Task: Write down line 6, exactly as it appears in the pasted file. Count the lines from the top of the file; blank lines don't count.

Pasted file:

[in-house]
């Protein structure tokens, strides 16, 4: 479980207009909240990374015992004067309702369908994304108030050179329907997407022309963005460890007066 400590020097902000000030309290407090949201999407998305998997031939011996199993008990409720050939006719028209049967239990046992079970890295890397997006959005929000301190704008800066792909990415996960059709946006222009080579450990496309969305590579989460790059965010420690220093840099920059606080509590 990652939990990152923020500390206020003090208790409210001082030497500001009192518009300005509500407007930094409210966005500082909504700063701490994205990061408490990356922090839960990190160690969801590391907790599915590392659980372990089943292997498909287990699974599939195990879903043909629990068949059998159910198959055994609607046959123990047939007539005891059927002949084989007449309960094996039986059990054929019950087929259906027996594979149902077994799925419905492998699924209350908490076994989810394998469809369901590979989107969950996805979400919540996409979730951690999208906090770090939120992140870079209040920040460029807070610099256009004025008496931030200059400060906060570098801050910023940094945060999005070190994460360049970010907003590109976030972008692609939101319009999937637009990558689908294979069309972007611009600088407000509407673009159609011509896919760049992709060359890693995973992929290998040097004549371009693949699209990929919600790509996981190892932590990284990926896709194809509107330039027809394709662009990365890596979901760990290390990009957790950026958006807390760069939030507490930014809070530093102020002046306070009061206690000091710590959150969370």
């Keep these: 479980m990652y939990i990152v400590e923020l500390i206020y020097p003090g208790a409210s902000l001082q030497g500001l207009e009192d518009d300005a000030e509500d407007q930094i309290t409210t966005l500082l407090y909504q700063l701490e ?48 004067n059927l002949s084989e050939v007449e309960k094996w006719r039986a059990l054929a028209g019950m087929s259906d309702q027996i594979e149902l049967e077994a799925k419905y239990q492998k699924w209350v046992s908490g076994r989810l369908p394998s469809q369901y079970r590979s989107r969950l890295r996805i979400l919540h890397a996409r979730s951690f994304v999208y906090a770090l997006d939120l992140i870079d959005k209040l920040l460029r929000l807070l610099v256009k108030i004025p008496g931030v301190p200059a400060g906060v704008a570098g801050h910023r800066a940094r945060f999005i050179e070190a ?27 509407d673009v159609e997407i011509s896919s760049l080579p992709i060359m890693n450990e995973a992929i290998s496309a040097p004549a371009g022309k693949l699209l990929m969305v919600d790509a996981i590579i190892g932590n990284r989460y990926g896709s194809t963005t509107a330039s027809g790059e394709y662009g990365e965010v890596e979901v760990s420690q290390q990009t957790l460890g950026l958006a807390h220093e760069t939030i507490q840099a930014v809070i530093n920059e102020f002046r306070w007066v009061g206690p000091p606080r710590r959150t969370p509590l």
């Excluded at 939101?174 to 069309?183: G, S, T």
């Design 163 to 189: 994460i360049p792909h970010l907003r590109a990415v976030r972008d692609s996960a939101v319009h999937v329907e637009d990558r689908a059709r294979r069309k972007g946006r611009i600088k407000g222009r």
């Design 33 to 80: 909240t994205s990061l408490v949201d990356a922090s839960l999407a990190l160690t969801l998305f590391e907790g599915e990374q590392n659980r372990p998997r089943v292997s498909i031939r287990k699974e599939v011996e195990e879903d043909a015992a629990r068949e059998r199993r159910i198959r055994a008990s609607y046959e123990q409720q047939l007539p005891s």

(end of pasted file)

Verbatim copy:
């Design 33 to 80: 909240t994205s990061l408490v949201d990356a922090s839960l999407a990190l160690t969801l998305f590391e907790g599915e990374q590392n659980r372990p998997r089943v292997s498909i031939r287990k699974e599939v011996e195990e879903d043909a015992a629990r068949e059998r199993r159910i198959r055994a008990s609607y046959e123990q409720q047939l007539p005891s």